A technique used to pinpoint the time at which new species of life evolved has been adapted to date historic prints.
A technique used to pinpoint the time at which new species of life evolved - the molecular clock - has been adapted to date historic prints.
US biologist S Blair Hedges, who studies evolution and astrobiology at Pennsylvania State University, analysed the corrosion of copper plates and decay of wooden blocks in place of differences in DNA sequence.
Hedges analysed several series of Renaissance prints produced at irregular time intervals, including prints of unknown date. He hypothesised that the deterioration of the wood blocks and copper plates in the printing equipment was more likely to be a function of time than a function of the number of print runs.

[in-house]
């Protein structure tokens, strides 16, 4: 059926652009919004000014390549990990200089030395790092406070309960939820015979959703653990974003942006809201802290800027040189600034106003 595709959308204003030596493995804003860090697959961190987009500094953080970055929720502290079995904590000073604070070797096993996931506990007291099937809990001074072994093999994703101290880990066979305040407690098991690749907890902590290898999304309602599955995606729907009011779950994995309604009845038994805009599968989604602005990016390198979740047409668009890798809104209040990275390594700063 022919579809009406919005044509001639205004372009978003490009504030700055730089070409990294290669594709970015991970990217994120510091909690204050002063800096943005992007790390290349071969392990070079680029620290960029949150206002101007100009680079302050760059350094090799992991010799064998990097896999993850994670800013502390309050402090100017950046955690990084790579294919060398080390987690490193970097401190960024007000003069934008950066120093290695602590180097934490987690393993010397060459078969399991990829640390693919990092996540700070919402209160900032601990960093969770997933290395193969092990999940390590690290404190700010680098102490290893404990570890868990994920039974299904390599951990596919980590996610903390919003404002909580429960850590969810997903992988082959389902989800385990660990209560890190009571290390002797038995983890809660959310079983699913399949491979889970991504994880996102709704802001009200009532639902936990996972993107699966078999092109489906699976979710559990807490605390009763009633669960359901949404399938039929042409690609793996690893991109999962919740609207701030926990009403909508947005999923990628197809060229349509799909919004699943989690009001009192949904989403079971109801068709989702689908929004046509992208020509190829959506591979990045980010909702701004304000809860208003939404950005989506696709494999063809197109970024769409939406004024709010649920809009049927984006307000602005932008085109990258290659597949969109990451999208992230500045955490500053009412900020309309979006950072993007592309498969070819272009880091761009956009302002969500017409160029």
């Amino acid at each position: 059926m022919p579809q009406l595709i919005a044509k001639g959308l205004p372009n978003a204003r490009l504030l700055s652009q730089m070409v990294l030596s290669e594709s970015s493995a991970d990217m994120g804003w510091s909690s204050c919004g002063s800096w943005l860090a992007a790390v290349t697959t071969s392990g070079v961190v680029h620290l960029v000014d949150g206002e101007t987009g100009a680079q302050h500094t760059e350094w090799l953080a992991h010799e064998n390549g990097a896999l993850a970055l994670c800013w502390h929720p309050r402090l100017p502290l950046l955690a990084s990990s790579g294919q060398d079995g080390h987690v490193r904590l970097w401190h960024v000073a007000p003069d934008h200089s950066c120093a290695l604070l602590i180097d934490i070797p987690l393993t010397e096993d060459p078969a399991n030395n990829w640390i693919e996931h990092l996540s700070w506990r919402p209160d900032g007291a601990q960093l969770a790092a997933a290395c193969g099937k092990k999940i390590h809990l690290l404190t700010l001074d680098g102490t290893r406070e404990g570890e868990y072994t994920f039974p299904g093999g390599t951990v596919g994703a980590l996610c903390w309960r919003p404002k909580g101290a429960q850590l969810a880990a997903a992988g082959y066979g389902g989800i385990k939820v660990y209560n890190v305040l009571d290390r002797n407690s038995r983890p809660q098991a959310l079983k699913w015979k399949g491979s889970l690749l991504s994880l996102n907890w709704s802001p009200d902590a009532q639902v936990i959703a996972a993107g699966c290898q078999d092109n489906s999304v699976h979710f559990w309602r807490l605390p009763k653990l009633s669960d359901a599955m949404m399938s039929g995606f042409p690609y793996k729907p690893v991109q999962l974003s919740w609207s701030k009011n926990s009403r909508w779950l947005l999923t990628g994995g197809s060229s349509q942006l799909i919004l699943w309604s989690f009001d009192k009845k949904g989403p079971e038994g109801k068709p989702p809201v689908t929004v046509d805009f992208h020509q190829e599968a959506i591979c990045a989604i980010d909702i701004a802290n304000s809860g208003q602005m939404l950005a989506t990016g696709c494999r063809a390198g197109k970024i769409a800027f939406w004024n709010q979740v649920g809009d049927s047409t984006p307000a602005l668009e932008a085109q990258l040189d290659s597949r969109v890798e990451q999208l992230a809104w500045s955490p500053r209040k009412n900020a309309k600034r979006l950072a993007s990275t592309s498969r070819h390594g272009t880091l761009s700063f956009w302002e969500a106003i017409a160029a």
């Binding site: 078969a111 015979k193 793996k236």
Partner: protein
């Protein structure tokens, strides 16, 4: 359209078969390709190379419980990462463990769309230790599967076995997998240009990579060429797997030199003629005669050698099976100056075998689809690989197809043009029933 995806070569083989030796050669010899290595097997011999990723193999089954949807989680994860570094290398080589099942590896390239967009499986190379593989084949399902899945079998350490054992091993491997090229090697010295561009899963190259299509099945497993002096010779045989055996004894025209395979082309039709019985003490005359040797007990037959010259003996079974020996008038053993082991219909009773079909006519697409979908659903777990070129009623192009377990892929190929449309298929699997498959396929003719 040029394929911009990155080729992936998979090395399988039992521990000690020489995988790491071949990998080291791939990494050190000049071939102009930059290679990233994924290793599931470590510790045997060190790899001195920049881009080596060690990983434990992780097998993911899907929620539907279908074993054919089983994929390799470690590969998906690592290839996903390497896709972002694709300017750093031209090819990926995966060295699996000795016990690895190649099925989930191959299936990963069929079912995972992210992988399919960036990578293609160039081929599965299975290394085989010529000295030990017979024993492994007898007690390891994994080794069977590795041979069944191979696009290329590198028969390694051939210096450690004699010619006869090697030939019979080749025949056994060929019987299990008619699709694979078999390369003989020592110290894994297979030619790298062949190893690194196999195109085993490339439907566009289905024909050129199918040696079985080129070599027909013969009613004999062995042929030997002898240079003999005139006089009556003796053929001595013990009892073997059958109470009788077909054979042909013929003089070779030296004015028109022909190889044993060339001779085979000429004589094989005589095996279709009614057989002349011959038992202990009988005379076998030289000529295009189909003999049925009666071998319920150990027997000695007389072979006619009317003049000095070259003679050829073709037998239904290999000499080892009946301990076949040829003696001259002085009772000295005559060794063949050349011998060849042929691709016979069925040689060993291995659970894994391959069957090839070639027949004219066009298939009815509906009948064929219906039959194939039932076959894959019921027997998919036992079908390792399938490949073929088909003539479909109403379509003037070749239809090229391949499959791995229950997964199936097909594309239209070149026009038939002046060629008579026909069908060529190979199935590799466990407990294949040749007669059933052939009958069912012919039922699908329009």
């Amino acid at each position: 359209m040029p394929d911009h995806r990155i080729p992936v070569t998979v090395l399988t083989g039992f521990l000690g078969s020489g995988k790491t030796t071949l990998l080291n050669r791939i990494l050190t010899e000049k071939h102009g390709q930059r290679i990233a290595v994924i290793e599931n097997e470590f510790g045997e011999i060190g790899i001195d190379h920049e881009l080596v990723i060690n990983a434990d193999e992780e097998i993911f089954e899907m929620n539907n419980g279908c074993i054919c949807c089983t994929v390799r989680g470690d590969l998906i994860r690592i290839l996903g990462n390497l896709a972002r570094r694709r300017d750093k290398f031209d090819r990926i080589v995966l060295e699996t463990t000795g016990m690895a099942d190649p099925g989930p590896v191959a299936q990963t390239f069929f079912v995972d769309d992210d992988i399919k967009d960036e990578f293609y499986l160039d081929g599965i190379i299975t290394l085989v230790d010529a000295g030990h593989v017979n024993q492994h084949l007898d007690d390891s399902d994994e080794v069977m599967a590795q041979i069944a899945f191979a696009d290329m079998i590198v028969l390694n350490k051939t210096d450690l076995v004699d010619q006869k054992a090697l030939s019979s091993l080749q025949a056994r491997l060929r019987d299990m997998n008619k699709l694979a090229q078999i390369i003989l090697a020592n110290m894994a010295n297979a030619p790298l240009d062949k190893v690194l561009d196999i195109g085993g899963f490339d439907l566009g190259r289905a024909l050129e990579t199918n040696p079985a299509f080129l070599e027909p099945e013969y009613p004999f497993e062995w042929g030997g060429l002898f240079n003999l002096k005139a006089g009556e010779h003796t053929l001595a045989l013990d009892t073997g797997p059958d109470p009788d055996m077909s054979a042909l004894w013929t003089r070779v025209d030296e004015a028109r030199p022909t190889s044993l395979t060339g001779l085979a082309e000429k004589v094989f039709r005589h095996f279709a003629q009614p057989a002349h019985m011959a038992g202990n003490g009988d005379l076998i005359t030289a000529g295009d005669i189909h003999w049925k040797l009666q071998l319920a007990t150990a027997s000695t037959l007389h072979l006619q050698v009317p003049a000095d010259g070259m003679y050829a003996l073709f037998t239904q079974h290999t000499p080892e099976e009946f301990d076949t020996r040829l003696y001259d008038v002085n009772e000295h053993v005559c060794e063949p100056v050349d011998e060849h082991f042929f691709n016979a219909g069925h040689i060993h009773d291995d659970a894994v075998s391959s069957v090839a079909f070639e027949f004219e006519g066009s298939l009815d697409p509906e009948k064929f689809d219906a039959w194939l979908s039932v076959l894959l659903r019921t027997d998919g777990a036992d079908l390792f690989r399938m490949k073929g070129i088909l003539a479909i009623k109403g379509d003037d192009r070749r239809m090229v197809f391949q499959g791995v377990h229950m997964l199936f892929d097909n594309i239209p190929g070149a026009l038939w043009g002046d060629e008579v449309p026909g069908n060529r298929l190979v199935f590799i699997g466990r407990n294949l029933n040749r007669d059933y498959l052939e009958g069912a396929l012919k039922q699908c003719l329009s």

Cracks in wood blocks interrupt the lines of the resulting print, while corrosion of copper plates (and removal of corroded material by polishing prior to printing) narrows the grooves that hold the ink, leading to thinner printed lines. ’Studies of metal corrosion find that a plate of copper will normally corrode one to two micrometres per year,’ Hedges told Chemistry World. A groove cut by a right-angled wedge-shaped tool (burin), for example, will always be half as deep as it is wide at the surface, thus for every micrometre it loses in depth, it will lose two micrometres in line width.
Hedges compared several historic prints, and found that alterations to both wood blocks and copper plates are a function of time rather than printing events. Interpolating the time points given by dated prints, Hedges derived what he calls the ’print clock,’ allowing him to date prints of unknown age using the detailed analysis of line deterioration. The rate at which line width decreased matched the typical corrosion rate of copper plates.
S B Hedges,